In this issue, we profiled Supreme Court Chief Justice Richard Wagner in our regular “Cross Examined” section of the magazine. While we profile lawyers and judges in every issue, this time we felt it required a bit more space, given our subject.
Despite the name of the section, we don’t generally cross-examine the lawyers and judges who we profile. We prefer to hear about their career and accomplishments in a less confrontational manner. For Wagner’s profile, Elizabeth Raymer spoke with the chief justice, but she also heard from many of his colleagues throughout his career, his son and former Supreme Court judges.
One of the common themes Raymer heard from many was transparency. Wagner has already brought several initiatives forward to improve openness at the Supreme Court and, as Raymer found, this has been a consistent preoccupation throughout his career.
While these initiatives are laudable, it was one remark he made that sparked my interest — that he anticipates turning his attention to the reform of judicial conduct matters as well. The SCC has already made improvements under Wagner, but the same cannot be said for the Canadian Judicial Council, which is chaired by the chief justice.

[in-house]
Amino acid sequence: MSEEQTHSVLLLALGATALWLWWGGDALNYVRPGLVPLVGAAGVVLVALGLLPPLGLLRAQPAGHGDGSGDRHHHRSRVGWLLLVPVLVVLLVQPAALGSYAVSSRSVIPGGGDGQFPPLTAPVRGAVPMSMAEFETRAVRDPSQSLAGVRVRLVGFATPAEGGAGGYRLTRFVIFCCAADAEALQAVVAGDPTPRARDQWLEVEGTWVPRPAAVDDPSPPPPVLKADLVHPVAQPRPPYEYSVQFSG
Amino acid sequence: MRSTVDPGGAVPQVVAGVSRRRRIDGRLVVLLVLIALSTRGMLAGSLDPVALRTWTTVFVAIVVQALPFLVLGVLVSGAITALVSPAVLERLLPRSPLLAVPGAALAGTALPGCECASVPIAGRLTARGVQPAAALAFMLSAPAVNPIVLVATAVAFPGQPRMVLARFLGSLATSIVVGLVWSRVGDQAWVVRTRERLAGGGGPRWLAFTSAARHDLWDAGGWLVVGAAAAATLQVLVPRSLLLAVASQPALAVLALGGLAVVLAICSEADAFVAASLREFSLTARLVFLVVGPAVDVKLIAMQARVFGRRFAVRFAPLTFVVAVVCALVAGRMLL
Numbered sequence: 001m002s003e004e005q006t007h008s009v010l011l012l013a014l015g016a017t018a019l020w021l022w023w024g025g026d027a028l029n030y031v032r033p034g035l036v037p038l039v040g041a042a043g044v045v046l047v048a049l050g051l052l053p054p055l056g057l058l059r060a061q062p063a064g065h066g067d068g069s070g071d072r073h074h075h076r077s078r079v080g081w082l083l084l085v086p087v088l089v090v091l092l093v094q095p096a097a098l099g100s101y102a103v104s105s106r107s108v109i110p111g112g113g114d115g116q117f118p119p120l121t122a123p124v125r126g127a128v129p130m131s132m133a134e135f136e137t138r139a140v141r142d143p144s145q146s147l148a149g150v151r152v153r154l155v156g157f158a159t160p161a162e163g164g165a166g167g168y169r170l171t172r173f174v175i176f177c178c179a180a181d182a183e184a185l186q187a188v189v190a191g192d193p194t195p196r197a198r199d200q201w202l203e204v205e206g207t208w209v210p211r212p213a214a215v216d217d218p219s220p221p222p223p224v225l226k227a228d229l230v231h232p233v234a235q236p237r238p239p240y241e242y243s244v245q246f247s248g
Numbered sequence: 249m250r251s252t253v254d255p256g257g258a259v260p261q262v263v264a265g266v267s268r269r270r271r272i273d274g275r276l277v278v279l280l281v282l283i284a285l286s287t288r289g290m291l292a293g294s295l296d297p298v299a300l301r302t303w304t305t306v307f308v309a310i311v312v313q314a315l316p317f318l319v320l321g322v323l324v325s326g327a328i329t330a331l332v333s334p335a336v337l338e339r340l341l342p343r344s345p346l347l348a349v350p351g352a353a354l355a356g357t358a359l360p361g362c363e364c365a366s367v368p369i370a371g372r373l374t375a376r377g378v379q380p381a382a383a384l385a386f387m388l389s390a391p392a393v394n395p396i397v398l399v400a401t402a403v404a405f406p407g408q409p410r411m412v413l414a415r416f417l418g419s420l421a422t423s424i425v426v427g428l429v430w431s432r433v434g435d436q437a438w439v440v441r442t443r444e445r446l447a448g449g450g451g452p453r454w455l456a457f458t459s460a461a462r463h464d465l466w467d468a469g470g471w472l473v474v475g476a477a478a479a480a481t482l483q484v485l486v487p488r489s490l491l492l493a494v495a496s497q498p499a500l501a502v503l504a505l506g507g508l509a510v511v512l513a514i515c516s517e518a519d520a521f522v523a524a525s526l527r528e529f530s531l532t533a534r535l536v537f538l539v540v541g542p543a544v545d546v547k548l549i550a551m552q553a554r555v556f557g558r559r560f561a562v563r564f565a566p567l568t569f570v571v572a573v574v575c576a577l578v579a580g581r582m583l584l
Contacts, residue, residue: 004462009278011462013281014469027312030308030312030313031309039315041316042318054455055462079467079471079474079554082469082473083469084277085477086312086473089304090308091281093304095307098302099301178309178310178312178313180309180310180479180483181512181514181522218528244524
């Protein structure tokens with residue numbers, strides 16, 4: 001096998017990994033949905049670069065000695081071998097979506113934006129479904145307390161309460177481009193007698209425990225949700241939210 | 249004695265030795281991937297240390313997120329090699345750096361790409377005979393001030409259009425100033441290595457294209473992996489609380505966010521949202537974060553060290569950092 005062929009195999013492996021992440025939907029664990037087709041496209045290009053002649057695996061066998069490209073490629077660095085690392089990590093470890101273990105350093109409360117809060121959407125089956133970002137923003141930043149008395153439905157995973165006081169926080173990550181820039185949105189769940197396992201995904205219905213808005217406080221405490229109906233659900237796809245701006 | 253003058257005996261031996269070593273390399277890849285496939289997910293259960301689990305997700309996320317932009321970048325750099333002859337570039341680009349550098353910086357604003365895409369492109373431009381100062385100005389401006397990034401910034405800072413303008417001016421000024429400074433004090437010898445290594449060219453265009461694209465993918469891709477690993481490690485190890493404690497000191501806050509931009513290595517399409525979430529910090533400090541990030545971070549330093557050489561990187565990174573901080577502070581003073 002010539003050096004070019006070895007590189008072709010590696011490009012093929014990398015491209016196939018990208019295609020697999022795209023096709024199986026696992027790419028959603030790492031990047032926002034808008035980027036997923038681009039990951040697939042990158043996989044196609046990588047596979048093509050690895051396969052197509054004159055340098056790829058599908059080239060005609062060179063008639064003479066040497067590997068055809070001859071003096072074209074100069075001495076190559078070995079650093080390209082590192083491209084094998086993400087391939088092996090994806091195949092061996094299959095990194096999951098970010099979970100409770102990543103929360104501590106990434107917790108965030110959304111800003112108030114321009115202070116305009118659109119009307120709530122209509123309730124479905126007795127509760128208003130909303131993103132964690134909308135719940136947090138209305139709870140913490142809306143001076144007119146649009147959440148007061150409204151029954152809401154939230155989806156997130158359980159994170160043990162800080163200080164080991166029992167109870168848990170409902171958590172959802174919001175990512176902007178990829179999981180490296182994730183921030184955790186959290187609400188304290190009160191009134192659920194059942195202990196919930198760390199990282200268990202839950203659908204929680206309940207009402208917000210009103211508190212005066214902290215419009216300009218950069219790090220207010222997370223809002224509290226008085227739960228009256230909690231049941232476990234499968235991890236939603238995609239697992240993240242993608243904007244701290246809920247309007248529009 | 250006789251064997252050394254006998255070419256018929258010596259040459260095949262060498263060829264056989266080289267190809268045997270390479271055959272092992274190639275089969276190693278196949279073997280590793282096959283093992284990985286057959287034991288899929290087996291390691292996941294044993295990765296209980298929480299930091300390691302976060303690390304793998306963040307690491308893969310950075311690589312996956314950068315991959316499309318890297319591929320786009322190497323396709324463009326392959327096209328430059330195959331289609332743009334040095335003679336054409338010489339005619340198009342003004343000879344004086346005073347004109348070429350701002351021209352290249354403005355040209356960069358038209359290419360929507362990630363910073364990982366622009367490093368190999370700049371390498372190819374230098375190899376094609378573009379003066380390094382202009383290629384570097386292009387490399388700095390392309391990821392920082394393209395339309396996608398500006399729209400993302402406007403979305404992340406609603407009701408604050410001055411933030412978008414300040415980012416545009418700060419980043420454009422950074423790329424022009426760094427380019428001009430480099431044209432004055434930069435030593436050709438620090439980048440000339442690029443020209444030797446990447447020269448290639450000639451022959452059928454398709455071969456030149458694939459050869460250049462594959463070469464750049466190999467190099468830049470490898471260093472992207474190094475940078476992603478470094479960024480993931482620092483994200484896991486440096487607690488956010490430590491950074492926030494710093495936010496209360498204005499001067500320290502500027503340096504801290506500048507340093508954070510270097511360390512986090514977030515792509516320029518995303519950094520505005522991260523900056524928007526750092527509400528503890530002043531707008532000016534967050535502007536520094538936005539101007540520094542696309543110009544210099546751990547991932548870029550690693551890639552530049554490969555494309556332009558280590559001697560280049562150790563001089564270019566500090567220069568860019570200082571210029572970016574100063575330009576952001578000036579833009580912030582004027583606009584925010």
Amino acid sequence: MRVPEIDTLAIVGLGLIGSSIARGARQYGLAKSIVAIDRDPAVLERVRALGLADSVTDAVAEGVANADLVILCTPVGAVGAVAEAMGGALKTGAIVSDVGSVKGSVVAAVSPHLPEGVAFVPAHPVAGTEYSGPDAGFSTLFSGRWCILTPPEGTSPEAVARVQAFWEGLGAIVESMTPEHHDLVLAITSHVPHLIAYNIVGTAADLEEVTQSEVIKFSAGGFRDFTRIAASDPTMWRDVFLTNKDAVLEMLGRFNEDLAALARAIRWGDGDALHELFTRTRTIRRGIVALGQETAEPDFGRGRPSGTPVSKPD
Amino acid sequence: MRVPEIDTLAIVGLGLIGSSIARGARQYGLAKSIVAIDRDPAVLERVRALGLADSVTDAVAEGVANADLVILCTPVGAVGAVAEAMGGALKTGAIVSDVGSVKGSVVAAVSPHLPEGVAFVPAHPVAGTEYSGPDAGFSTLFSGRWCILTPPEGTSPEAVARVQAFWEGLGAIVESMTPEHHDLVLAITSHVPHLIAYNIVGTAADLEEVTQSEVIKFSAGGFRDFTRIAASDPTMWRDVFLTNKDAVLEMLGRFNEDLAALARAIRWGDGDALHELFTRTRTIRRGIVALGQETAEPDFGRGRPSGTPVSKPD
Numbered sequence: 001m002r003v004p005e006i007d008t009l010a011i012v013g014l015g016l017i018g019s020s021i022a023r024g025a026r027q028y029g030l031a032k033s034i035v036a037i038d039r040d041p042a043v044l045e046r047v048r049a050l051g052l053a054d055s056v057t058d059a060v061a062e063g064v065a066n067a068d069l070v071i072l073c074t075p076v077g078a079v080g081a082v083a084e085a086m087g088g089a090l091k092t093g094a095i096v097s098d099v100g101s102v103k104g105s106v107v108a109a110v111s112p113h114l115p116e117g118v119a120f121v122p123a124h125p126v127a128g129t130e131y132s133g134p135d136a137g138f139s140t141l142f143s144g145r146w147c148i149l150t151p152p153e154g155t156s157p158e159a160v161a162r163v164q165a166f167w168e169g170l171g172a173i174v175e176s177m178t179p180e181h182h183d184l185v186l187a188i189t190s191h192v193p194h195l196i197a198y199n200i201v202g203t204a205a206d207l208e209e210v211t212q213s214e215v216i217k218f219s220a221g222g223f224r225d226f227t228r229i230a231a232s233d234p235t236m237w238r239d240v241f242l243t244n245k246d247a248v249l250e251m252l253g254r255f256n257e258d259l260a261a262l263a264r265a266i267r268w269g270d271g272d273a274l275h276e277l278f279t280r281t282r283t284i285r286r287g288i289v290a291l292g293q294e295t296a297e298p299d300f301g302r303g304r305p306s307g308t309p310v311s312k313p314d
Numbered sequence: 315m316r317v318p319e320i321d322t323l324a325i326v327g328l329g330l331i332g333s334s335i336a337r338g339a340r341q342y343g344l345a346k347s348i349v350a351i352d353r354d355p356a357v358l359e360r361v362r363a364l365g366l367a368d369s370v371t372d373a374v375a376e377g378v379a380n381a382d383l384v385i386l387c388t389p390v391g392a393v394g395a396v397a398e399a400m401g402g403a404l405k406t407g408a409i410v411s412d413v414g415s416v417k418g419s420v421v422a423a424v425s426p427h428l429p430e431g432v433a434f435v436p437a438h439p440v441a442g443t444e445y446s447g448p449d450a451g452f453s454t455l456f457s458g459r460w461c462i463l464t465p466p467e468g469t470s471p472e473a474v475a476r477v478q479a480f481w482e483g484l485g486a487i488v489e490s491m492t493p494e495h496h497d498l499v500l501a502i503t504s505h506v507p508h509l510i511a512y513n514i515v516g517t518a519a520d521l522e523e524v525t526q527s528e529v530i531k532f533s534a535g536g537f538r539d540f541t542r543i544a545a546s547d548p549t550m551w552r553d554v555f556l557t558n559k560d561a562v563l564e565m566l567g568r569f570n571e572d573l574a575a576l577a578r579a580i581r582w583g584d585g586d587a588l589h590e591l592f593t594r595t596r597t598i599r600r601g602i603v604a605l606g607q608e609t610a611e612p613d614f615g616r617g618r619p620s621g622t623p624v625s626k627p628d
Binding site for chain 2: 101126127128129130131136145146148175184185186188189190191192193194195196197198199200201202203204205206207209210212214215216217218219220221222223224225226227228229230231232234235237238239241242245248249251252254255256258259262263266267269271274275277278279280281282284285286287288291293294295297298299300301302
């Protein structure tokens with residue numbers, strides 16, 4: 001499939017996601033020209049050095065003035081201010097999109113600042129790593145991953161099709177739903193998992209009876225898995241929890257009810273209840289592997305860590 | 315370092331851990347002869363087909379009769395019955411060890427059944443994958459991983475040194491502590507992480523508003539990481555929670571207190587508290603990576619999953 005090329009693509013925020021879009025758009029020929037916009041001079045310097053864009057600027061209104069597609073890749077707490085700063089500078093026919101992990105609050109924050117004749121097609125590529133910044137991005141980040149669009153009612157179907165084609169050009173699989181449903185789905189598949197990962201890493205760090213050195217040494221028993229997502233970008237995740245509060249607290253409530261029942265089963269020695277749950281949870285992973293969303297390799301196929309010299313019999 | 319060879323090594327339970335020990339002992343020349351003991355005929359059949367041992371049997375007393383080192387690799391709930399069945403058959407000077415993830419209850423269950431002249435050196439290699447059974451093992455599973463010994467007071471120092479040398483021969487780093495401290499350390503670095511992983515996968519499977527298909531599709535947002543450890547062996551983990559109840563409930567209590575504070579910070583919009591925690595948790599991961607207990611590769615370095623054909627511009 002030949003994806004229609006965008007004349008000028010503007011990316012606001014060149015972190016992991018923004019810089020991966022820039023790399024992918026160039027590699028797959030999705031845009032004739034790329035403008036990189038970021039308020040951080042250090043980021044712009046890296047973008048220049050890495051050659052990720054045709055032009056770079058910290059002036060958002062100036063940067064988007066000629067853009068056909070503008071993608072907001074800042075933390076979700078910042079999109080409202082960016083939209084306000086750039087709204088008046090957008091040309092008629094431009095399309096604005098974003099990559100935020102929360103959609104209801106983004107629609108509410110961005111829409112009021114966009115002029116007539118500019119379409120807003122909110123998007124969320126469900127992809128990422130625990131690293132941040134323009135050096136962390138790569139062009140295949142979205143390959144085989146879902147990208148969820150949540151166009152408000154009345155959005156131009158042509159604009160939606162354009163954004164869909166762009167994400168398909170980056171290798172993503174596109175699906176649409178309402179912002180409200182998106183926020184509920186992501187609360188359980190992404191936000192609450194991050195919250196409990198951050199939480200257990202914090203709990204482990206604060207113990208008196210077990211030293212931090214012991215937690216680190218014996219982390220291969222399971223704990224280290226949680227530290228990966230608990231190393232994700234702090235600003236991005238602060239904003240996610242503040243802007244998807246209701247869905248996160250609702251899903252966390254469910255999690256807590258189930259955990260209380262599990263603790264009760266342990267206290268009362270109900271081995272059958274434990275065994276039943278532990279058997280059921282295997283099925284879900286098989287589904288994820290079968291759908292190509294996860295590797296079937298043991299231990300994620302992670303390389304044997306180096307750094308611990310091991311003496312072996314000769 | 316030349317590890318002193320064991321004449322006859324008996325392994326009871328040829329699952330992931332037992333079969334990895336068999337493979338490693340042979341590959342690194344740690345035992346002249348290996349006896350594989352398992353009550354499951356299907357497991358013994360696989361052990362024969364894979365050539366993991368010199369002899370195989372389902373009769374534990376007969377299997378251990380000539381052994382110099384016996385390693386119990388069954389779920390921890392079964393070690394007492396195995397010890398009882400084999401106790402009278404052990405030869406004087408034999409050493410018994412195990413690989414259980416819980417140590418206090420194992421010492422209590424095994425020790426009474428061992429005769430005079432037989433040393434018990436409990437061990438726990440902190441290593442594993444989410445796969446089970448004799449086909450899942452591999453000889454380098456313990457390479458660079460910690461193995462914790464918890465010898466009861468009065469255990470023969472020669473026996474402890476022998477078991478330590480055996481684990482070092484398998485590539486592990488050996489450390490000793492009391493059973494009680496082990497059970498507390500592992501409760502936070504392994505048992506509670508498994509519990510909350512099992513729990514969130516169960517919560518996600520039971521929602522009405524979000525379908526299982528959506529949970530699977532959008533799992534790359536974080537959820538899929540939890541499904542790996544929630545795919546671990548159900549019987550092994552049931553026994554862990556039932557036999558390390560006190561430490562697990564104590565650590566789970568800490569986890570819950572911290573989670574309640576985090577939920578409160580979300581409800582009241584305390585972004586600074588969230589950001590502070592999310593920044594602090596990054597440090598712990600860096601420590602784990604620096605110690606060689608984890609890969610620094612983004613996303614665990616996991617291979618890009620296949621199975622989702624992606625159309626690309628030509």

Recent examples that have hit the headlines demonstrate how transparency is desperately needed. For example, the treatment of Justice Patrick Smith, who temporarily took over the role of dean at the Bora Laskin Faculty of Law after former dean Angelique EagleWoman resigned citing “systemic discrimination,” has been mystifying. Even though Heather Smith, chief justice of the Ontario Superior Court of Justice, had approved the temporary appointment after receiving a legal opinion, the CJC chose to launch an inquiry.
Further back, many critics, including a former Supreme Court judge and law school dean, found the CJC’s allegations against Lori Douglas — thoroughly dissected in a cover story in our pages in 2016 — were “badly handled” and “unsavoury and unnecessary.”
The CJC has also recently asserted that its decisions are immune from judicial review. While there are different ways to improve transparency, arguing that judges who are being investigated should not have access to court review seems problematic.
The Supreme Court of Canada is not perfect, and it can still suffer criticism from the public when it seems distant or out of touch. But it has steadily increased its transparency over the years, with video cameras in the court, facta available on its website and chief justices such as Beverley McLachlin speaking publicly about the court and how it works.
Richard Wagner is carrying on this tradition and bringing his own flavour to the court. Transparency is clearly as important to him now as it has been throughout his career. While he is not the only person who can improve the transparency of the Canadian Judicial Council, I hope his zeal for transparency is applied there as it has been on our top court.